I know people get mad at him and really exercised by his antics, but I will happily go on record as saying I find overwrought liberal commentator Keith Olbermann to be adorable.
Watching his melodramatic histrionics whenever he delivers a political analysis over even the most mundane of topics – the wide-eyed, serial killer scowls, the panicked tenor that crescendos to a comedic pitch, the theatrical flourish of lowering his head towards his notes, only to snap it up with such urgency and resolution – it's just too good not to enjoy.
For instance, simply take in the latest installment of this spectacle, wherein Olbermann calls for the prosecution and removal (from society) of Amy Coney Barrett, among others, for the apparent crime of…existing?
Yes, of course I understand he doesn't really believe the things he says. He is a paid, left-wing intellectual mercenary – a man who is compensated for saying demented things to (1) infuriate the right, (2) pacify the truly deranged extremists on the left, and (3) to provide radical progressive politicians a legitimacy by their ability to say to the electorate, "See, I'm not a nut, I don't go as far as him."
But ultimately Olbermann is harmless because no one takes him seriously. No one. Not even leftists who understand his schtick and retweet him merely to antagonize the right.
The real concern in the world of media isn't the Olbermann-esque commentariat. It's the supposedly straight-shooters, the reportedly objective anchors and reporters who, by their role are afforded a level of credibility they do not deserve. Those are the people whose dishonesty threatens not just the trust Americans have in the free press, but whose duplicity and pretense corrupts our free institutions.
For instance, disgraced former CBS News legend Dan Rather has been entering the American political fray quite frequently as of late. After being fired from his anchor chair for intentionally airing unauthenticated, falsified documents in order to prevent the re-election of Republican President George W. Bush, Rather has abandoned his career-long con and fully embraced the left-wing activist he has always been.
For instance, here's the man CBS told Americans was a beacon of objectivity giving his thoughts on the recent vice-presidential debate:
If you watched the debate, what you saw was the Vice President treating Kamala Harris as an equal – exactly as he would have treated a man in that chair. Rather's implication that women are incapable of holding their own without being treated delicately and fragile, is what the left has told us repeatedly is sexist.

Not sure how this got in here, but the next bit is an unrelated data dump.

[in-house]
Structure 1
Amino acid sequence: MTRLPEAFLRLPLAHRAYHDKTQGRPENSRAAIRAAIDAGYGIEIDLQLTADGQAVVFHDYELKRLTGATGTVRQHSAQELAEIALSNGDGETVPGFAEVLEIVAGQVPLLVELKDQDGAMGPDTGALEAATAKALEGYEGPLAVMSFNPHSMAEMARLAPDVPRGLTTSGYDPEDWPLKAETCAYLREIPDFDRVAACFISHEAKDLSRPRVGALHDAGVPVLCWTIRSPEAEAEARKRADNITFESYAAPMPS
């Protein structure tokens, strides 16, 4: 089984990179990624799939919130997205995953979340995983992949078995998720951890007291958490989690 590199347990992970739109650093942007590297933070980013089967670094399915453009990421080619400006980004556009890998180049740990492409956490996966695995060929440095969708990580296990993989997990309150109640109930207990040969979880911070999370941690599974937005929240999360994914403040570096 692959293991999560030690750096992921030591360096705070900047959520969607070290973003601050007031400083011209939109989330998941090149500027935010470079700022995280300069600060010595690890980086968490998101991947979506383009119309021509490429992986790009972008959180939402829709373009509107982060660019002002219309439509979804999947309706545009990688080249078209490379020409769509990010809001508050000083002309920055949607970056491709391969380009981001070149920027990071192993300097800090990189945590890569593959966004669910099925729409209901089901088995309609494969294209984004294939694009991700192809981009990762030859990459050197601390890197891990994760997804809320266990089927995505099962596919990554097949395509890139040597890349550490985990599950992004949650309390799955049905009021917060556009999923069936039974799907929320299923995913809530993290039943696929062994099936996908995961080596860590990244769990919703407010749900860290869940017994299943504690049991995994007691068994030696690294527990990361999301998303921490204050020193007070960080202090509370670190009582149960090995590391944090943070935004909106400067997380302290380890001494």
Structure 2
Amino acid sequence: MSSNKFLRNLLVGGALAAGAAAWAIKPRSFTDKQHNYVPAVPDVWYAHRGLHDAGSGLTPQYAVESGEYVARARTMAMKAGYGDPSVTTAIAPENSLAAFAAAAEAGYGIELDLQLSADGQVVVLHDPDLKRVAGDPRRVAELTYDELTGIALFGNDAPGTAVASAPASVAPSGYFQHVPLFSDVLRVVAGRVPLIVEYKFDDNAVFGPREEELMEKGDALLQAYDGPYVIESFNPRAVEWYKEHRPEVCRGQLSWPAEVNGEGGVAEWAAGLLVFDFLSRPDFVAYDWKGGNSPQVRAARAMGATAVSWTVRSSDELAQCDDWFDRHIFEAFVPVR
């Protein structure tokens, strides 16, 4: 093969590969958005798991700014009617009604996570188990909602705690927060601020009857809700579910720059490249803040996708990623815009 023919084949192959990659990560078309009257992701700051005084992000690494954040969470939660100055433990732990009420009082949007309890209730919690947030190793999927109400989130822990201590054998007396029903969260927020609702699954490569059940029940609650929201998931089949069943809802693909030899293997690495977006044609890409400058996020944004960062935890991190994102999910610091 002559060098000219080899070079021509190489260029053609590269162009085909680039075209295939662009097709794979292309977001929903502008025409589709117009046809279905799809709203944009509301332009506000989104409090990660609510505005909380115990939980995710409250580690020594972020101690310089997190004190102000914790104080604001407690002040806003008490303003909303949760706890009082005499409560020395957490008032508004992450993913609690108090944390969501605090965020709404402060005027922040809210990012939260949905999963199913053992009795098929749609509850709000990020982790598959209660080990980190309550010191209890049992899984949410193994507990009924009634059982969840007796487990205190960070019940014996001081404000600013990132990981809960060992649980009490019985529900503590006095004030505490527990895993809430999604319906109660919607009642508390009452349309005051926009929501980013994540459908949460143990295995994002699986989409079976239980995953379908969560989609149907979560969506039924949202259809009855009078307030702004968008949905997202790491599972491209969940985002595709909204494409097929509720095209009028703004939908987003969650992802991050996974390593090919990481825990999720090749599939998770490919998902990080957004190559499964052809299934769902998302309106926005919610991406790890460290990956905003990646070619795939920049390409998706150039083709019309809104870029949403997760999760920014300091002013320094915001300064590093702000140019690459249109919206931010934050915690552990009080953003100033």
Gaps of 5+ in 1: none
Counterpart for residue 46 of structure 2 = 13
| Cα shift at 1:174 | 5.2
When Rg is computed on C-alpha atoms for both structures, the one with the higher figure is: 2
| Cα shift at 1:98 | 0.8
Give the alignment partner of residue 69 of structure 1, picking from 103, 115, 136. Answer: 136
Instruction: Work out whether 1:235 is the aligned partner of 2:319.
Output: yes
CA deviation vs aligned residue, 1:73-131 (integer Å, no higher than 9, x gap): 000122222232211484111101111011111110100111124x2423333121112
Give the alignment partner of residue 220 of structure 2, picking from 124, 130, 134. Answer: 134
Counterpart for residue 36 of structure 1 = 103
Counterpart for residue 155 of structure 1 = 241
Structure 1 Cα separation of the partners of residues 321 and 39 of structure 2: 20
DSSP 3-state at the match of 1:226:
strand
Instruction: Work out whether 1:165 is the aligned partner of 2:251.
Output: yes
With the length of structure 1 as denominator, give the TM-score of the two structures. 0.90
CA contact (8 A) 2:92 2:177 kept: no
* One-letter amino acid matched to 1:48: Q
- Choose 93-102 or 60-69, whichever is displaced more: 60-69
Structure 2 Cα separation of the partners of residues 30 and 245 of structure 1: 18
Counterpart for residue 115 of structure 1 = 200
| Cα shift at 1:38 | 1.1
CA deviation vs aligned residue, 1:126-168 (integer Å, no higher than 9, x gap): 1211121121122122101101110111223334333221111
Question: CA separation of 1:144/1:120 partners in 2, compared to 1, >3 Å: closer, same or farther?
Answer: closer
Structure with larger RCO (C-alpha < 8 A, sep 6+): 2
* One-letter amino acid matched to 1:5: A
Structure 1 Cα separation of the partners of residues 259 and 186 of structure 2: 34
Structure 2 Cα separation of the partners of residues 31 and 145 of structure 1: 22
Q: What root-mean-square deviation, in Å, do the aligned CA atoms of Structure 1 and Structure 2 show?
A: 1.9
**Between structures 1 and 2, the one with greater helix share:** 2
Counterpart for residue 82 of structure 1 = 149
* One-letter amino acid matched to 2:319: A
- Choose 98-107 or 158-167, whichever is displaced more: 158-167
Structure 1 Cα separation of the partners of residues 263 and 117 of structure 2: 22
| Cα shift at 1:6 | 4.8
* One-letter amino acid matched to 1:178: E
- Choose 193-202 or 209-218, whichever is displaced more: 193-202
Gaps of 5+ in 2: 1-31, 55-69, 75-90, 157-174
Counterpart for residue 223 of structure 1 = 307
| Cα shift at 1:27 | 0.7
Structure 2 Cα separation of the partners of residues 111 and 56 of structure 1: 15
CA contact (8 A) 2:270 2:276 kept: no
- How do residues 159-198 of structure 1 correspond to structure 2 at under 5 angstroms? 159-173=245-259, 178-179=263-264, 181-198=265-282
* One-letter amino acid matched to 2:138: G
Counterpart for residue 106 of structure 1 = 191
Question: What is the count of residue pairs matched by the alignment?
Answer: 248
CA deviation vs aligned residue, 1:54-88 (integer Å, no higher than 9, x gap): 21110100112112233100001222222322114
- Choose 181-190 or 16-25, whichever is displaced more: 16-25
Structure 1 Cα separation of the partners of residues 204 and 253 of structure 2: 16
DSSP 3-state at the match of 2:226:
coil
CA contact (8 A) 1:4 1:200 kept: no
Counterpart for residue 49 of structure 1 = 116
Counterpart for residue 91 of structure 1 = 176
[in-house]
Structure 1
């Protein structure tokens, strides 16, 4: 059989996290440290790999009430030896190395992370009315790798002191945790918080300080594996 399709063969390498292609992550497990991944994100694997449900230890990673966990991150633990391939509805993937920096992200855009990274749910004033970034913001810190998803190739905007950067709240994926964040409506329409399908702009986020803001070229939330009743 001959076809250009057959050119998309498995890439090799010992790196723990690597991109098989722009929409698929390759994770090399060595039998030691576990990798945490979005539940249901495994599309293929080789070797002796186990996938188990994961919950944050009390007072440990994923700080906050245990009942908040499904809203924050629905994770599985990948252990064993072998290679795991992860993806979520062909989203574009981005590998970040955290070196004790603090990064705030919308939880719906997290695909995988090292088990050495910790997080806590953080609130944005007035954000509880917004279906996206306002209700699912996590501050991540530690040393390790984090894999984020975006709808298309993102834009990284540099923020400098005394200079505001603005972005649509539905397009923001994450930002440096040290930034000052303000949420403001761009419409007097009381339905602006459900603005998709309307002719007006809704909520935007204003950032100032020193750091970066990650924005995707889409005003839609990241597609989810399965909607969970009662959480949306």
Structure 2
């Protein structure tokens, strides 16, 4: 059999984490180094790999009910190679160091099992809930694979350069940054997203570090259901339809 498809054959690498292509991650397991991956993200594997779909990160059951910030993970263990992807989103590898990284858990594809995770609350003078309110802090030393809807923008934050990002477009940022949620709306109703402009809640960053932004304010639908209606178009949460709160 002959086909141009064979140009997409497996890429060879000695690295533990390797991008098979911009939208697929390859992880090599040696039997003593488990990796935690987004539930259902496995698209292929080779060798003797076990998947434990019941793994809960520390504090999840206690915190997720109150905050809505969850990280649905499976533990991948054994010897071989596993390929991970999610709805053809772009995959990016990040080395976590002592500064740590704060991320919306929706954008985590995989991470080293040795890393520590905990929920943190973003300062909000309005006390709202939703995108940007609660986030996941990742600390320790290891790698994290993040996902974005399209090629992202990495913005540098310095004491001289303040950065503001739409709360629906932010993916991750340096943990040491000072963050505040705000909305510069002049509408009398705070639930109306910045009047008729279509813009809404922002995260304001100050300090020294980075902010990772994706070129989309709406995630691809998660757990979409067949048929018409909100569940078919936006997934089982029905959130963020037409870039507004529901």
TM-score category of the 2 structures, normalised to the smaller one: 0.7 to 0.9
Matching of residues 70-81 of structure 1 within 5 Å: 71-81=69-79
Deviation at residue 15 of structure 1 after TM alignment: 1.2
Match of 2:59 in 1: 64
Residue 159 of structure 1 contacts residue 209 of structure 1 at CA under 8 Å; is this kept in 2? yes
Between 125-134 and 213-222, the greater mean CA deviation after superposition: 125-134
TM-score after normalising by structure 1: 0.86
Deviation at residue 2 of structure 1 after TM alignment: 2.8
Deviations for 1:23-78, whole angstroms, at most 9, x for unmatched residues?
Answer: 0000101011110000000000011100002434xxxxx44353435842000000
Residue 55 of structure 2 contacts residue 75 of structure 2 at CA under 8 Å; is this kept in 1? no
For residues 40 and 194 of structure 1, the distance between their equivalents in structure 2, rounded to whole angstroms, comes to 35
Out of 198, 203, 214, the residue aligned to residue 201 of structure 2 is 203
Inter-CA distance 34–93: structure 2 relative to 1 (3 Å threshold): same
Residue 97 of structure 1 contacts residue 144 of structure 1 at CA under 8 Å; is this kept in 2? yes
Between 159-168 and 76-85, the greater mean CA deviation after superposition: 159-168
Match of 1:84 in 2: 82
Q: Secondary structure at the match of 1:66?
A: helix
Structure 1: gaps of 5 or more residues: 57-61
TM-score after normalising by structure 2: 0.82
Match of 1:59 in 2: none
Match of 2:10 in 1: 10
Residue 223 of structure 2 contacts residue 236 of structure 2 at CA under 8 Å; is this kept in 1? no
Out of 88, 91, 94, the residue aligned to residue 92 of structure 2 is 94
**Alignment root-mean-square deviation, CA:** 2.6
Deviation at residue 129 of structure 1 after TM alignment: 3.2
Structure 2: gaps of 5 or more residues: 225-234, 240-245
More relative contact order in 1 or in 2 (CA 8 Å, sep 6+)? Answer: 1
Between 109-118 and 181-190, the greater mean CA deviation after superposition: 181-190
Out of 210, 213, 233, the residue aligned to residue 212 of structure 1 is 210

And along those lines, when it comes to the shockingly partisan promise to increase the number of justices on the U.S. Supreme Court for the sole purpose of ideological majority-stacking, Rather tweeted out this gem:
First of all, this is just galling ignorance. "Court-packing" has a meaning, and it isn't filling existing vacancies with your ideological friends. Dan Rather knows that. He knows that "court-packing" has always meant the attempt to add to the nine current seats on the court. So why is he saying it? Because he's a partisan and wants to see the ultimate ascension of Democrat Party politics.
Of course, Rather is entitled to his personal beliefs, and objective reporters get to vote however they prefer. But is this type of open acknowledgement of bias-over-fact not devastating to the pretext that those choosing, selecting, framing, and reporting our news will do so without prejudice? It's the same principle as when longtime ABC newsman Sam Donaldson "endorsed" Michael Bloomberg in the primary. It's a bad look.
Then again, in Rather's case, it's not like we didn't know. This is the guy who in 2001 told Bill O'Reilly, "I know that you consider it sort of astonishing anybody would say so, but I think you can be an honest person and lie about any number of things."
Those are unquestionably the left's rules, which is bad enough for the health of our republic. The fact that Rather is revealing they are also the rules of our illustrious media is even worse.
Keith Olbermann's niche madness isn't a threat to the republic. But Dan Rather's 24-year stranglehold on the objective news anchor chair at CBS News? That's the kind of stuff that is.